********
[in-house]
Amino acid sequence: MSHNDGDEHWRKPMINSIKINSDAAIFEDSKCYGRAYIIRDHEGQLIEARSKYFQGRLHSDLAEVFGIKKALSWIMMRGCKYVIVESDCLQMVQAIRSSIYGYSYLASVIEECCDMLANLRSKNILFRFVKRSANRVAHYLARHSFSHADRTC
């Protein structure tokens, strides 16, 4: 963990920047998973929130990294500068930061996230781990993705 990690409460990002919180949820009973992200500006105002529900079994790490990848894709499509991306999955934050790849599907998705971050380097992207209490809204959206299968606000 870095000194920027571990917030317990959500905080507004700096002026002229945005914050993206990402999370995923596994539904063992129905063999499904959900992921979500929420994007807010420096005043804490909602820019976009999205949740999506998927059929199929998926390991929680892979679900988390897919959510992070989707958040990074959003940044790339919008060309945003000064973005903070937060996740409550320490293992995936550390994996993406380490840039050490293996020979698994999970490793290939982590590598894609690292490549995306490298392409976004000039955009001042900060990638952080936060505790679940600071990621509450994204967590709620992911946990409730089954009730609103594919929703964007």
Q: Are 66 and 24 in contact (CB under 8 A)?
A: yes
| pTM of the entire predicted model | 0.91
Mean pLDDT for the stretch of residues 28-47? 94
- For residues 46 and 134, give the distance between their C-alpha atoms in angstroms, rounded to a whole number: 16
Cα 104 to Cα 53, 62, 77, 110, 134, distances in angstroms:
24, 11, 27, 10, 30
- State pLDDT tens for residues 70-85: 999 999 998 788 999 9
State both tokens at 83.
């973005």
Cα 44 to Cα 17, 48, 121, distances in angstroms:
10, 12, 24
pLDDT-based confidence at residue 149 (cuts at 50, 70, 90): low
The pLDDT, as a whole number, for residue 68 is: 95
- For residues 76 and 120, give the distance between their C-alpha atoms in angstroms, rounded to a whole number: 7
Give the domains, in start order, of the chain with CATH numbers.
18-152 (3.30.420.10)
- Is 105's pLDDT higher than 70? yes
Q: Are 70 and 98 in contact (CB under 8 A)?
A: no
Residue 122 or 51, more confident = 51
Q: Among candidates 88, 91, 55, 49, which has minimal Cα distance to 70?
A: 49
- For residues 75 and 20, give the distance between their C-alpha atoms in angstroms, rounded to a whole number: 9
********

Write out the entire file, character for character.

[in-house]
Amino acid sequence: MSHNDGDEHWRKPMINSIKINSDAAIFEDSKCYGRAYIIRDHEGQLIEARSKYFQGRLHSDLAEVFGIKKALSWIMMRGCKYVIVESDCLQMVQAIRSSIYGYSYLASVIEECCDMLANLRSKNILFRFVKRSANRVAHYLARHSFSHADRTC
């Protein structure tokens, strides 16, 4: 963990920047998973929130990294500068930061996230781990993705 990690409460990002919180949820009973992200500006105002529900079994790490990848894709499509991306999955934050790849599907998705971050380097992207209490809204959206299968606000 870095000194920027571990917030317990959500905080507004700096002026002229945005914050993206990402999370995923596994539904063992129905063999499904959900992921979500929420994007807010420096005043804490909602820019976009999205949740999506998927059929199929998926390991929680892979679900988390897919959510992070989707958040990074959003940044790339919008060309945003000064973005903070937060996740409550320490293992995936550390994996993406380490840039050490293996020979698994999970490793290939982590590598894609690292490549995306490298392409976004000039955009001042900060990638952080936060505790679940600071990621509450994204967590709620992911946990409730089954009730609103594919929703964007």
Q: Are 66 and 24 in contact (CB under 8 A)?
A: yes
| pTM of the entire predicted model | 0.91
Mean pLDDT for the stretch of residues 28-47? 94
- For residues 46 and 134, give the distance between their C-alpha atoms in angstroms, rounded to a whole number: 16
Cα 104 to Cα 53, 62, 77, 110, 134, distances in angstroms:
24, 11, 27, 10, 30
- State pLDDT tens for residues 70-85: 999 999 998 788 999 9
State both tokens at 83.
């973005």
Cα 44 to Cα 17, 48, 121, distances in angstroms:
10, 12, 24
pLDDT-based confidence at residue 149 (cuts at 50, 70, 90): low
The pLDDT, as a whole number, for residue 68 is: 95
- For residues 76 and 120, give the distance between their C-alpha atoms in angstroms, rounded to a whole number: 7
Give the domains, in start order, of the chain with CATH numbers.
18-152 (3.30.420.10)
- Is 105's pLDDT higher than 70? yes
Q: Are 70 and 98 in contact (CB under 8 A)?
A: no
Residue 122 or 51, more confident = 51
Q: Among candidates 88, 91, 55, 49, which has minimal Cα distance to 70?
A: 49
- For residues 75 and 20, give the distance between their C-alpha atoms in angstroms, rounded to a whole number: 9